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Proclaiming Airpower: Air Force Narratives and American Public Opinion from 1917 to 2014

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This report examines the evolution and interaction of U.S. Air Force narratives and popular attitudes toward civil and military aviation over the past century from the golden age of aviation in the first half of the 20th century, when flight and airpower captured the American public s imagination, to 2014, when aviation had long since become taken for granted. The study first examines the social currency of aviation and airpower, drawing on a historical review, the frequency with which airmen appeared on the cover of Time magazine during the period, and the frequency with which airpower and aviation concepts appeared in books. It then examines Air Force narratives, including the Air Force s origin story as well as the dominant ideas uniting the organization at various points in its history. Finally, drawing on polling data from more than 50 opinion surveys conducted over the past 80 years, the study traces the evolution of the American public s attitudes toward the Air Force since 1935. The American public today does not view airpower or the Air Force with the same fascination and enthusiasm that it did during the golden age of aviation, but the report concludes that shortcomings in Air Force narratives are not to blame Airpower s enormous social currency during the first half of the 20th century was due to real-world events and technological advances, not narratives. However, the report emphasizes that an effective narrative is still important as a means to help the public and key decisionmakers understand the contributions that airpower makes to U.S. national security today, and offers recommendations for the Air Force in this regard.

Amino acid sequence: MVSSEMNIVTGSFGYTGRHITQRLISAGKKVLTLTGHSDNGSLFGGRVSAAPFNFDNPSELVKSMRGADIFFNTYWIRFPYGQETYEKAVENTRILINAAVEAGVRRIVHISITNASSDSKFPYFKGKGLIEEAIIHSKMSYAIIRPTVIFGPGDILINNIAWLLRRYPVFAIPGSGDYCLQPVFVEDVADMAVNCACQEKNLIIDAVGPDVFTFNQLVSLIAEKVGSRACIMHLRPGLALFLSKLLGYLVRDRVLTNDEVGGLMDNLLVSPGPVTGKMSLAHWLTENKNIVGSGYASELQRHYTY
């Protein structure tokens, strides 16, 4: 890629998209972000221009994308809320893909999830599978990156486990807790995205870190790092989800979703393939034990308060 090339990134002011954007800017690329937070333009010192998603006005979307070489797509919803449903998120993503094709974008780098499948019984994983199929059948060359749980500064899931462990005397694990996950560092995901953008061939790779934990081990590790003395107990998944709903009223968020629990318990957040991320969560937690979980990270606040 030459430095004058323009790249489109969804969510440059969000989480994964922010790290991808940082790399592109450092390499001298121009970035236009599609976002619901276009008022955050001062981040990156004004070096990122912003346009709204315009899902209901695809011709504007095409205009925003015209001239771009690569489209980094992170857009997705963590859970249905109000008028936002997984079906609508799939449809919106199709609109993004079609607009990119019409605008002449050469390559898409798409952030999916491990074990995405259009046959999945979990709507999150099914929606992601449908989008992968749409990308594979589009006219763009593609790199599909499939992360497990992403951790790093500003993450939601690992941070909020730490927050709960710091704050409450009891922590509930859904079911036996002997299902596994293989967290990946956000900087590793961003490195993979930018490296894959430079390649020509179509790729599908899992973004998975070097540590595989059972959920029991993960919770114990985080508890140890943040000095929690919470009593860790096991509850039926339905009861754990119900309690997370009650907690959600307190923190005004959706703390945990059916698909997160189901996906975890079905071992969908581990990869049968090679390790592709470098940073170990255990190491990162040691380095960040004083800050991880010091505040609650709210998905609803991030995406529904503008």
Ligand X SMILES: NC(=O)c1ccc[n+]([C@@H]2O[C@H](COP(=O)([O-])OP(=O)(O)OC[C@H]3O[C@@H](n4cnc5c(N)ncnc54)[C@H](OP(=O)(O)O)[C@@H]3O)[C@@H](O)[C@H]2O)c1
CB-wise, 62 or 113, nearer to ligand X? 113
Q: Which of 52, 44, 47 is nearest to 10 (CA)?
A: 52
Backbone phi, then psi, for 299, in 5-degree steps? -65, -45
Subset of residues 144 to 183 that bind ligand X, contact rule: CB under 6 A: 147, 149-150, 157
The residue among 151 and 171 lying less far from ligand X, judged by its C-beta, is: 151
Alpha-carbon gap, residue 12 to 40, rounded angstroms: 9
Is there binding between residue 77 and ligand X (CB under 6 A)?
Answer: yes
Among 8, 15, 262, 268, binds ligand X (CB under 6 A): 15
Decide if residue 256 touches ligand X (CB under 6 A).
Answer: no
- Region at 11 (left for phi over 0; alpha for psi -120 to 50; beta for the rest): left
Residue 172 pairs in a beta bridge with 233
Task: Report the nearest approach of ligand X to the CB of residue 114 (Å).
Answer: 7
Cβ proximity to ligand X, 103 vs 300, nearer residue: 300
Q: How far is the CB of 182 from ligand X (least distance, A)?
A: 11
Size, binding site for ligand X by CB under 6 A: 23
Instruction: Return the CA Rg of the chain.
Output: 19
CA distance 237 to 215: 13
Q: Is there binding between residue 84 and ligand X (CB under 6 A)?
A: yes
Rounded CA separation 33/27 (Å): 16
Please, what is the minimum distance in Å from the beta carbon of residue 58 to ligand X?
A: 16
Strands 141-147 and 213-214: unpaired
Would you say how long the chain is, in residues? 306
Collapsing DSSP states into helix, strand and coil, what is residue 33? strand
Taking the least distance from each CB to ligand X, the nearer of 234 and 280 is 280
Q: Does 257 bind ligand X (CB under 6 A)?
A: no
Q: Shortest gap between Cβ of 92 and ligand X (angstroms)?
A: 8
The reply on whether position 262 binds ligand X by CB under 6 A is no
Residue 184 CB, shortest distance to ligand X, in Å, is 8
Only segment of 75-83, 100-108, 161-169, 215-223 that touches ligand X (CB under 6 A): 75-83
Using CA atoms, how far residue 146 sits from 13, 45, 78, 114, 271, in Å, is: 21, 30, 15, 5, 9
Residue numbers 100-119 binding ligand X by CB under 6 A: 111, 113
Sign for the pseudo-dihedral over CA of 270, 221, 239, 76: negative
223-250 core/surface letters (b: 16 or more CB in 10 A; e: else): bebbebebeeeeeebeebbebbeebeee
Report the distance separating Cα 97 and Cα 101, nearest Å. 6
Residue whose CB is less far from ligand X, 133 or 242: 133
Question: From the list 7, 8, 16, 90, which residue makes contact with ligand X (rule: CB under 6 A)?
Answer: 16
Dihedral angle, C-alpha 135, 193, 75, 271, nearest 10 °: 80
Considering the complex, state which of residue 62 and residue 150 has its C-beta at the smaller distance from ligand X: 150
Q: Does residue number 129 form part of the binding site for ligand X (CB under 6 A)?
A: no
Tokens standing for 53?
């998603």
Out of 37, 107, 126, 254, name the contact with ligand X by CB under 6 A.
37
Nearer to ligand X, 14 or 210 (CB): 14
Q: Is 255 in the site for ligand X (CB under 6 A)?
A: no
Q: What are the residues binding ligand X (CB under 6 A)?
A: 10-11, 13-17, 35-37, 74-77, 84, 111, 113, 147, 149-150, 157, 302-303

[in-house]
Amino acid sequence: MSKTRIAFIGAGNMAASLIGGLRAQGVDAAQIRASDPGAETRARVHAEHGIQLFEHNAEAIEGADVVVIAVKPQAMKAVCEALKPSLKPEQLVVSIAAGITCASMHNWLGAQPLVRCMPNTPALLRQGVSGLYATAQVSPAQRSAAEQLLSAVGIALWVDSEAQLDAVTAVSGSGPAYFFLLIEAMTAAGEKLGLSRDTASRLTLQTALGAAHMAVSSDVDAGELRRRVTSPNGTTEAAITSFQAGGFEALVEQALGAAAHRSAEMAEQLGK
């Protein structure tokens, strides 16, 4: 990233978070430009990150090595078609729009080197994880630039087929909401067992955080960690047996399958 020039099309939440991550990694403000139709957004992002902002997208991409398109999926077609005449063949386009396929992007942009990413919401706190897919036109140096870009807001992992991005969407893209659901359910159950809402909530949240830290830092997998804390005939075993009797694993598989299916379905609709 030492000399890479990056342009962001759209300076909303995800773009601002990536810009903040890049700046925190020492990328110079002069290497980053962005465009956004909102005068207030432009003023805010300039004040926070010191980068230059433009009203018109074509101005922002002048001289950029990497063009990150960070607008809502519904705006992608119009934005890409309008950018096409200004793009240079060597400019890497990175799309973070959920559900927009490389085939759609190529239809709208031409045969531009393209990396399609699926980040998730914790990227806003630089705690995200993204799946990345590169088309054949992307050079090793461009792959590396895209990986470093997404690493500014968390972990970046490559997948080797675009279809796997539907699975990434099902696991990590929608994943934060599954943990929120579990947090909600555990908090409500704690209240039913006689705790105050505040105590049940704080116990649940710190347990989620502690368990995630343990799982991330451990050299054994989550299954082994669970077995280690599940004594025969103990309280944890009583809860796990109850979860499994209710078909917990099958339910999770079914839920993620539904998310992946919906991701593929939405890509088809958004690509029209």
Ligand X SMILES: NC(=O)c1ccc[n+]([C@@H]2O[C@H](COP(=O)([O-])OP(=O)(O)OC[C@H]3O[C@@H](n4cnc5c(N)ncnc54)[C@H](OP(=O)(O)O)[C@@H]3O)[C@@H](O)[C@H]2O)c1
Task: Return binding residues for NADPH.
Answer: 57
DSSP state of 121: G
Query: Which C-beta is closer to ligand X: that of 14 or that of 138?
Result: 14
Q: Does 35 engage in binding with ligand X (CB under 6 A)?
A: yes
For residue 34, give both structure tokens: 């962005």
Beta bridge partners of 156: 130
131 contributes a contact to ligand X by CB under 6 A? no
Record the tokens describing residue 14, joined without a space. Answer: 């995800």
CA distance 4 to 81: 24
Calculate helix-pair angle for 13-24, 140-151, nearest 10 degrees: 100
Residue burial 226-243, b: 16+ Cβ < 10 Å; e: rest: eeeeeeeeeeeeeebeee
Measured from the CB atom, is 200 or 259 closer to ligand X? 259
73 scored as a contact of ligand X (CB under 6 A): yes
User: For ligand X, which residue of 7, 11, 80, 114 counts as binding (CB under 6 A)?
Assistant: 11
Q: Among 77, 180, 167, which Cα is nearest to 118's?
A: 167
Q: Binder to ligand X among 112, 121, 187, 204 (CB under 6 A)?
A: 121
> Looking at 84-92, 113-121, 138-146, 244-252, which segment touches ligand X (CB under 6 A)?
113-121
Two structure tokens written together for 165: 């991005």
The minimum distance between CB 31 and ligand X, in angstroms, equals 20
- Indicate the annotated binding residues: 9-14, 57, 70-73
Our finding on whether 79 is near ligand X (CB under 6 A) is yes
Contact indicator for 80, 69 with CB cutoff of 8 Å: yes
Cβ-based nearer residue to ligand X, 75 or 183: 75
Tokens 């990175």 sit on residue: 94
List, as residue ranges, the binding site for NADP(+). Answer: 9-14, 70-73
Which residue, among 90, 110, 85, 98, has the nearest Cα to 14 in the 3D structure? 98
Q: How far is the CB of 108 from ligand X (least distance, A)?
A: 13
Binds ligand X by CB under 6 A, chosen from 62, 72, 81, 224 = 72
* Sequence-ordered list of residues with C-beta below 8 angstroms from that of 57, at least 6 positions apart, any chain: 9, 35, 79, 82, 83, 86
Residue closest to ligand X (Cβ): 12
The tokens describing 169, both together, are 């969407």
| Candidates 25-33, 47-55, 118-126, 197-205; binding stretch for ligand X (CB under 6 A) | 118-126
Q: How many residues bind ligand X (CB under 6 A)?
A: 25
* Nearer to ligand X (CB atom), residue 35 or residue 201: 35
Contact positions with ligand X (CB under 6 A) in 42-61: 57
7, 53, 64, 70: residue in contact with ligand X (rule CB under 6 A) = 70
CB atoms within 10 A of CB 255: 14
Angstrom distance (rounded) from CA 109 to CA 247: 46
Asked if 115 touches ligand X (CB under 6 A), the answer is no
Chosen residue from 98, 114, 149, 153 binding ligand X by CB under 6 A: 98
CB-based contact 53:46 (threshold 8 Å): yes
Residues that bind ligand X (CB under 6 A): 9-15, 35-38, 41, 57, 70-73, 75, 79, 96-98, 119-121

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  • Sociology and Law
  • Humanities and History
  • Military Operations, Strategy and Tactics

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